Chronic Stress is Harmful, But Short-Term Stress Can Help

The more researchers learn about stress, the more it seems there are two distinct ways we experience it: or short-lived stess, and long-term stress.

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Did you ever embark on a frenzied all-nighter to cram for a test, then enjoy a rush of accomplishment after acing it the next day? At the end of the day, all of that overnight stress seemed to be worth it, and it may have even helped spur you on to get the work done.

On the other hand, stress over a longer period of time, say, if a loved one falls ill or if financial hardship sets in, is an entirely different beast. Long-term stress can cause you to suffer from insomnia, have trouble focusing, or become depressed or even seriously ill.

The more researchers learn about stress, the more it seems there are two distinct ways we experience it: acute, or short-lived stress, and chronic, or long-term stress.

Most recently, new research published in the journal eLife found that acute stress may actually cause new cells to develop in our brains, improving our future mental performance. This would mean that periods of short-lived stress help us adapt to, and better negotiate, our environments.

To arrive at these findings, researchers at the University of California, Berkeley focused on the effects of stress on the brain’s hippocampus, which plays a critical role in memory. Past research has shown that chronic stress suppresses development of new neurons in this area of the brain, taking a toll on memory. But how acute stress affects this process has not previously been as clear.

To find out, the researchers subjected rats to acute stress by immobilizing them for a few hours. The rats’ stress hormones shot up. After the experiment, the researchers found that the stress seemed to double the amount of new brain cells in the hippocampus compared to control animals. The rats that were stressed out also performed better on a memory test two weeks after their stressful experiment, but not two days after. Using cell labeling, the researchers confirmed that the nerve cells involved in learning the new tricks two weeks later were the same new ones that developed following the stressful event.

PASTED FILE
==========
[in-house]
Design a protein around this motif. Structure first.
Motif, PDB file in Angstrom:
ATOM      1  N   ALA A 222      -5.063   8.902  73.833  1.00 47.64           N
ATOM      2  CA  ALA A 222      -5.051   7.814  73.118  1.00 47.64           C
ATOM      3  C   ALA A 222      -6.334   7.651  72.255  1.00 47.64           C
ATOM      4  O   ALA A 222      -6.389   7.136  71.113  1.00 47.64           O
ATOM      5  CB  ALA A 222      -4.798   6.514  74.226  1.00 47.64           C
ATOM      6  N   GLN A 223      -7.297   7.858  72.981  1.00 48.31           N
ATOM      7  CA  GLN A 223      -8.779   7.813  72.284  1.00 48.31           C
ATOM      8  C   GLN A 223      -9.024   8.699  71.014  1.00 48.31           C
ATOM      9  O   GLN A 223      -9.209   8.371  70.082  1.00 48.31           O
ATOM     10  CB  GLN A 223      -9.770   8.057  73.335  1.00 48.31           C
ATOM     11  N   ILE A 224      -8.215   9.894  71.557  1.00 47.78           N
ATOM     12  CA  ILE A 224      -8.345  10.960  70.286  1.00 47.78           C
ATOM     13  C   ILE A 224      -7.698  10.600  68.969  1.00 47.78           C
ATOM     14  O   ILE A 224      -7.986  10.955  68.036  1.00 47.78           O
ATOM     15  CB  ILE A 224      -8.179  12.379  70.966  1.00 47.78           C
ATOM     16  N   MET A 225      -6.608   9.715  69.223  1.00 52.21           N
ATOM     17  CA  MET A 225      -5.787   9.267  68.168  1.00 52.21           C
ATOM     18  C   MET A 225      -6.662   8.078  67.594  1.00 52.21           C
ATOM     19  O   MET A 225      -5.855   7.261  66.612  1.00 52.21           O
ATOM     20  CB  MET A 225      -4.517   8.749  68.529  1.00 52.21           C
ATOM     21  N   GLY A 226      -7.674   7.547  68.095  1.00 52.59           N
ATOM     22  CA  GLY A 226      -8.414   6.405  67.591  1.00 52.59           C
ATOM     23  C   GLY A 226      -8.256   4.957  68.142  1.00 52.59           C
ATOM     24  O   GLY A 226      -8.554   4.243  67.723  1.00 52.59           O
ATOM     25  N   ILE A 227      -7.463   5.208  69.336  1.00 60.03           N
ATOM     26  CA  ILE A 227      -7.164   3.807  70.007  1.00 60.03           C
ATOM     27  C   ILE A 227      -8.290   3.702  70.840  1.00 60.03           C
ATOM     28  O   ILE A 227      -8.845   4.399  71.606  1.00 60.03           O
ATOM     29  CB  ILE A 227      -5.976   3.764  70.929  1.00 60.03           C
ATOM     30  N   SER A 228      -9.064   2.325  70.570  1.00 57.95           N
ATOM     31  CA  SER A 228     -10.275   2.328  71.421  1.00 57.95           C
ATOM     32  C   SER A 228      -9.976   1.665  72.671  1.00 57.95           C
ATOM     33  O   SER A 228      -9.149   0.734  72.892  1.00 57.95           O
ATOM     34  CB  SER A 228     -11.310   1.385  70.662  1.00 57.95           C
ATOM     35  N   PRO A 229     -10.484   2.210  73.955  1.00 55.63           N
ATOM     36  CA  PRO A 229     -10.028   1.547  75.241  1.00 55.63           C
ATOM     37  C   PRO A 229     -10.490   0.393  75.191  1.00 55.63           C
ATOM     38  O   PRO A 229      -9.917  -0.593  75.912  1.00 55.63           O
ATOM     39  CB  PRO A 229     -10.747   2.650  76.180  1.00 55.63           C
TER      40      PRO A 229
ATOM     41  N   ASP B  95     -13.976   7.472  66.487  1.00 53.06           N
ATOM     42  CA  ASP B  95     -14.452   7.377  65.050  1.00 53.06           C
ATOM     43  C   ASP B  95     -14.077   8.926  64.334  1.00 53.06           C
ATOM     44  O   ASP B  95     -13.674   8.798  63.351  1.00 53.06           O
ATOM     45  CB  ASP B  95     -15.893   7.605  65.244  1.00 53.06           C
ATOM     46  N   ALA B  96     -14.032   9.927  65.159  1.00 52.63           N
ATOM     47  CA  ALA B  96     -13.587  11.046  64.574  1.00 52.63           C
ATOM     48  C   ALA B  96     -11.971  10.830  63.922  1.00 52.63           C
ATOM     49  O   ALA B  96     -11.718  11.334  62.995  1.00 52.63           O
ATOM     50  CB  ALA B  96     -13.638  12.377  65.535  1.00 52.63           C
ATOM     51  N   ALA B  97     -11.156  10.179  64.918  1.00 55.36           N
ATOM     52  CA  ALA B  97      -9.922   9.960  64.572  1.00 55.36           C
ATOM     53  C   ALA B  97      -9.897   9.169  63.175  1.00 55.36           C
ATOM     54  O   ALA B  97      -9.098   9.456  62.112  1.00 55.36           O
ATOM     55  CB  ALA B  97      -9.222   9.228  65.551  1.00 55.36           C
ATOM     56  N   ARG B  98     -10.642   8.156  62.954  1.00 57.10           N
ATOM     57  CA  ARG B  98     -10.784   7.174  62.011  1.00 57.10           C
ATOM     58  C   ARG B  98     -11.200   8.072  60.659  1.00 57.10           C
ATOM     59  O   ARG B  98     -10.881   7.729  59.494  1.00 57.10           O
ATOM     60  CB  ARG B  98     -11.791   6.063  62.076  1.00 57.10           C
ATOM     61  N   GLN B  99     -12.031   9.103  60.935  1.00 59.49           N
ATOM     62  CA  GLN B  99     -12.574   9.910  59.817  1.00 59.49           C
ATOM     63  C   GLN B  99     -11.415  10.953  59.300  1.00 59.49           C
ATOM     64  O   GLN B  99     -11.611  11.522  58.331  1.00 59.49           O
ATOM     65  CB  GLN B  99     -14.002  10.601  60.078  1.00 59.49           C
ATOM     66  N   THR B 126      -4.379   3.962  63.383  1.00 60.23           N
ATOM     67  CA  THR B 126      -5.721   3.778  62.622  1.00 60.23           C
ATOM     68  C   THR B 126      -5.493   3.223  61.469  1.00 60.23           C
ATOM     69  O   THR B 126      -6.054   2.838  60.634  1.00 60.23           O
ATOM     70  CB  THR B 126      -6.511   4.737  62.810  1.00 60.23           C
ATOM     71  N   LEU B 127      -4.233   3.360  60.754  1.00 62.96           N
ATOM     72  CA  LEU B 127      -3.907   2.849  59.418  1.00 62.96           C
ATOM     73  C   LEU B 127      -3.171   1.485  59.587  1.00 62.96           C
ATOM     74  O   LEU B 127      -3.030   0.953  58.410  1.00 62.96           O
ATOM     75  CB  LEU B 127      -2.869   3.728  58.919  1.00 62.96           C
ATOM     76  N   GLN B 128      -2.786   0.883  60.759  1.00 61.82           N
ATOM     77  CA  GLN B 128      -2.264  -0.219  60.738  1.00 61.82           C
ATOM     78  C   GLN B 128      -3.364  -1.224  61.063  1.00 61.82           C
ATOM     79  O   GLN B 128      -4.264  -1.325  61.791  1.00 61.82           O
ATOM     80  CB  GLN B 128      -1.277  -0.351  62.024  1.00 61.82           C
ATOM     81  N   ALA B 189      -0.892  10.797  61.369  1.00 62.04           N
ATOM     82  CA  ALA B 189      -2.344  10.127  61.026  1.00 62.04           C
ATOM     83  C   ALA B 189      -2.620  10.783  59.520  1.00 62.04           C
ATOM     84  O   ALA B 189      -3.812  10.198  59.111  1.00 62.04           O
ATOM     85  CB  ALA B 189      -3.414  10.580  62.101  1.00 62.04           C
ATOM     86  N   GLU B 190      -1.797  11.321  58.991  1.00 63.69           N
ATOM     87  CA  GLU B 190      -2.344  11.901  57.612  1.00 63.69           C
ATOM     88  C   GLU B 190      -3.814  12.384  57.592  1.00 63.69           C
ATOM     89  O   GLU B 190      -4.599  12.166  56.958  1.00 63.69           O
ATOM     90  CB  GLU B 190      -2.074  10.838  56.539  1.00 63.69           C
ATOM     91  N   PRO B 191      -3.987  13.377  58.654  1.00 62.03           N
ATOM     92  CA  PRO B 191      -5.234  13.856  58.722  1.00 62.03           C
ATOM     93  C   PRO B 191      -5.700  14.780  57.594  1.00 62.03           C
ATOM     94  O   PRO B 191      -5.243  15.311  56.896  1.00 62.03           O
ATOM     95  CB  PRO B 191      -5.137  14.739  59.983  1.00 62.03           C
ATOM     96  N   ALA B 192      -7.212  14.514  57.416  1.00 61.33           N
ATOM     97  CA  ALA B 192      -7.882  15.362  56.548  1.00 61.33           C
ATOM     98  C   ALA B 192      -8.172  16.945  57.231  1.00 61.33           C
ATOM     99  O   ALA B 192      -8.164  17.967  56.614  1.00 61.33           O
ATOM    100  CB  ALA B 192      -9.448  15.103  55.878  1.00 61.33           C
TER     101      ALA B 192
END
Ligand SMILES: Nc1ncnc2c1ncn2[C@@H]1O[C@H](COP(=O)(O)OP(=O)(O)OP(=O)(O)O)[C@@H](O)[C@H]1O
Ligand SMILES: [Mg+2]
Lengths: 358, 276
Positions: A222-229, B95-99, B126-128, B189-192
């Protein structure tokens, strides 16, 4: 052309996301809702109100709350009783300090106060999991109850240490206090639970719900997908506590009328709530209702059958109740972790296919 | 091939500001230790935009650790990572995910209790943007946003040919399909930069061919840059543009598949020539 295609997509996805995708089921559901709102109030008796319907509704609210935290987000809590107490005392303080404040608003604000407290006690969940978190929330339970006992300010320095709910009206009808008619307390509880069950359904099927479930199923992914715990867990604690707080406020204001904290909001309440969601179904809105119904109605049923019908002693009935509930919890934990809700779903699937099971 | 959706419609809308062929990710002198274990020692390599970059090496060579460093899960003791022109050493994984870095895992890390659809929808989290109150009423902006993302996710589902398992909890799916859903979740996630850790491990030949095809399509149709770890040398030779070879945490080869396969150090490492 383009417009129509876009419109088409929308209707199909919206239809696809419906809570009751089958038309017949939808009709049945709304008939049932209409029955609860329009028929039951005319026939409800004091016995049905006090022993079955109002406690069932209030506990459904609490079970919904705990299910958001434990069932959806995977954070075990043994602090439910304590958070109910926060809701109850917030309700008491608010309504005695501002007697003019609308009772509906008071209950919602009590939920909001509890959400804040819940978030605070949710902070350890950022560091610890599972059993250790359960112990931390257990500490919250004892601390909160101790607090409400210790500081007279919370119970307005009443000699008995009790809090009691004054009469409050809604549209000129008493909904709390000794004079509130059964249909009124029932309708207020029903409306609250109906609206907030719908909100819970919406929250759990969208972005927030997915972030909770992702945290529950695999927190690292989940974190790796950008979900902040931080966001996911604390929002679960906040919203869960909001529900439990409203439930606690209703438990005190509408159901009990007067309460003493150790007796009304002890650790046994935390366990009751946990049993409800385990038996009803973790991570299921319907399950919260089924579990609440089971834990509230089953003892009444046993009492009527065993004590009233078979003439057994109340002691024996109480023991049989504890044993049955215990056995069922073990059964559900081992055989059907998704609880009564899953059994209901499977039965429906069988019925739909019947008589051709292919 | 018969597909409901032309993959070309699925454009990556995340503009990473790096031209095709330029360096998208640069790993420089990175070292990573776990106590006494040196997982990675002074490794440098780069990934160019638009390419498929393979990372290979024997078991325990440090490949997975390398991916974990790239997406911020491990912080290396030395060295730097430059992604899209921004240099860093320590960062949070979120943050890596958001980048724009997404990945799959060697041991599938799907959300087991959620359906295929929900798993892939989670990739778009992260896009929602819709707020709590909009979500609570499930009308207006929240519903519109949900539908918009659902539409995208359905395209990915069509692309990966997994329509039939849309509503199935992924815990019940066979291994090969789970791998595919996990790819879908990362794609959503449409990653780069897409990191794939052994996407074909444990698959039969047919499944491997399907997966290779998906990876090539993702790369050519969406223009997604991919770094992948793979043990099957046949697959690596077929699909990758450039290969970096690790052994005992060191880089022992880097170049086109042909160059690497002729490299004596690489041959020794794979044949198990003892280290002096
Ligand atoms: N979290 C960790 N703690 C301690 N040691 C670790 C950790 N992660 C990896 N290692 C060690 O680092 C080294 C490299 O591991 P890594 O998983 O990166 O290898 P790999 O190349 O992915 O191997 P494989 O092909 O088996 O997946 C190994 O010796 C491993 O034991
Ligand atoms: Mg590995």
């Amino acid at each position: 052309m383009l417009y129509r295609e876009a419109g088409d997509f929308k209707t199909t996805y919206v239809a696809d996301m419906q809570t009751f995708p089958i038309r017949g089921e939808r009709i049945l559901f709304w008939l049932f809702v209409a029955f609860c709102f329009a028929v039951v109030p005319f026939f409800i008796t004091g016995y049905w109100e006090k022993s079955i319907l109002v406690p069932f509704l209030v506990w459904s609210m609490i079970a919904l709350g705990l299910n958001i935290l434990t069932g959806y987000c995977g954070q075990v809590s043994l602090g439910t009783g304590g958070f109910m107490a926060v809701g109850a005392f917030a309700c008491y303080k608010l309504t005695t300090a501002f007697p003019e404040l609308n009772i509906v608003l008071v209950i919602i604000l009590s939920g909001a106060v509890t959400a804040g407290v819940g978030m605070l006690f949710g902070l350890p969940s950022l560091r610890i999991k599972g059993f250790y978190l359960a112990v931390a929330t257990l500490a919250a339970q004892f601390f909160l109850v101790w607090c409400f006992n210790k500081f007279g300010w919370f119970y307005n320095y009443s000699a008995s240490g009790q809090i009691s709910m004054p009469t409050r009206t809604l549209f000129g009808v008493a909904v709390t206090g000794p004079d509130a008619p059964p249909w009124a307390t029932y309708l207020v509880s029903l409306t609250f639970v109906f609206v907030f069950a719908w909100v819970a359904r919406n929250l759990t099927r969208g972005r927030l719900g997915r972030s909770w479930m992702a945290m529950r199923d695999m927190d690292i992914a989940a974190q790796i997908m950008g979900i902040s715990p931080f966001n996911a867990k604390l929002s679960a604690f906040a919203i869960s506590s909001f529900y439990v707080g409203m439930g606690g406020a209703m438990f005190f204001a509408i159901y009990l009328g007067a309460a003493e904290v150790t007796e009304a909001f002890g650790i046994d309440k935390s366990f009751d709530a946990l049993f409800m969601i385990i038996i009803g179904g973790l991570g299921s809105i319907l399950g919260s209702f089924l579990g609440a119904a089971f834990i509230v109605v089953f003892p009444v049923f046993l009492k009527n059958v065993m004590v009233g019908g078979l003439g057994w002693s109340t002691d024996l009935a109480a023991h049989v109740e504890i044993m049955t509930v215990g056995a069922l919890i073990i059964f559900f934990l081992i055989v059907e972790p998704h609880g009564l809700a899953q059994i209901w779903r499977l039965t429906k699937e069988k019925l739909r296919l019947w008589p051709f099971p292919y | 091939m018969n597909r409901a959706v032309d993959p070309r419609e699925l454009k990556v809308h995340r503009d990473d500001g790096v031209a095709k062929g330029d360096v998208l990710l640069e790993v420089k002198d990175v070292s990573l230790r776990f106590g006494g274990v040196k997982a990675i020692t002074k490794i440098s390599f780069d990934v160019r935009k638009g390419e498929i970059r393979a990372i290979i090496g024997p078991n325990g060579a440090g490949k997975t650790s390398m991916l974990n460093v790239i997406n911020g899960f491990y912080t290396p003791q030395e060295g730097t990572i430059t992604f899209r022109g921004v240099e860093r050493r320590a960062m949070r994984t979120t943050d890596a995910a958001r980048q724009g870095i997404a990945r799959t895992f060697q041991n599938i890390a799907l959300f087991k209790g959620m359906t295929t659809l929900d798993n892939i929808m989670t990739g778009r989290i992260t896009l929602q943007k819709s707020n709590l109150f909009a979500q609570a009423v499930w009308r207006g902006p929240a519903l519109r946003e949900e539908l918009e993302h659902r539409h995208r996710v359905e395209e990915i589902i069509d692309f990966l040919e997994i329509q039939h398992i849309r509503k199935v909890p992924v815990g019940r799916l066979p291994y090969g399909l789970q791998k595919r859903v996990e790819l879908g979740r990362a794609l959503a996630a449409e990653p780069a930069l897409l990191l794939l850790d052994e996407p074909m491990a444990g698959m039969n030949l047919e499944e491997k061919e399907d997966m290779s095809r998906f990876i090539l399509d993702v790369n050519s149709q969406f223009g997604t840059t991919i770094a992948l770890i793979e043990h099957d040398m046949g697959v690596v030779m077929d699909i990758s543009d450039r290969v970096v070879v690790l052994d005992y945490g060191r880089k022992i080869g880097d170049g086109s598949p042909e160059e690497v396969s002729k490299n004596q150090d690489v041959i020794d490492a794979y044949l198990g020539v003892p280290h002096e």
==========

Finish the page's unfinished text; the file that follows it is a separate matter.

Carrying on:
While rats and humans are very different animals, the findings do hint at the possibility that acute stress may in fact make us stronger. Other studies confirm the benefits of acute stress, too. For example, NBC News writes:

Moderate amounts of stress — the kind of short-term buzz we get from a sudden burst of hormones — can help people perform tasks more efficiently and can improve memory. Good stress is the type of emotional challenge where a person feels in control and provides some sense of accomplishment. It can improve heart function and make the body resistant to infection, experts say. Far from being something we need to eliminate from our lives, good stress stimulates us.

Some believe short-term boosts of it can strengthen the immune system and protect against some diseases of aging like Alzheimer’s by keeping the brain cells working at peak capacity. People who experience moderate levels of stress before surgery have a better recovery than those with high or low levels, another study showed. Recently, a study suggested that stress could help prevent breast cancer because it suppresses the production of estrogen. And earlier this year, research out of Johns Hopkins found that children of mothers who had higher levels of the stress hormone cortisol during pregnancy were developmentally ahead of those of women with lower levels.

 On the other hand, chronic stress is indeed a scary thing. Huffpo breaks down some of the most serious implications of long-term stress: 

  • Causes cancer in animals
  • Shrinks the brain
  • Prematurely ages kids
  • Could impact your future children’s genes
  • Raises the risk of stroke
  • Increases risk of chronic diseases like heart problems and arthritis 

How we handle stress, however, largely seems to be out of our control. We can do yoga, go to therapy and workout, but external factors will probably get the best of us now and then. The Daily Beast sums this problem up:

Psychologists have known for years that one of the biggest factors in how we process stressful events is how much control we have over our lives. As a rule, if we feel we’re in control, we cope. If we don’t, we collapse. And no amount of meditation or reframing our thinking can change certain facts of our lives. With the market languishing and jobs hemorrhaging and the world going to hell, too many of us probably feel like that rat in the second wheel: it’s hard to convince ourselves we’re in control of anything.

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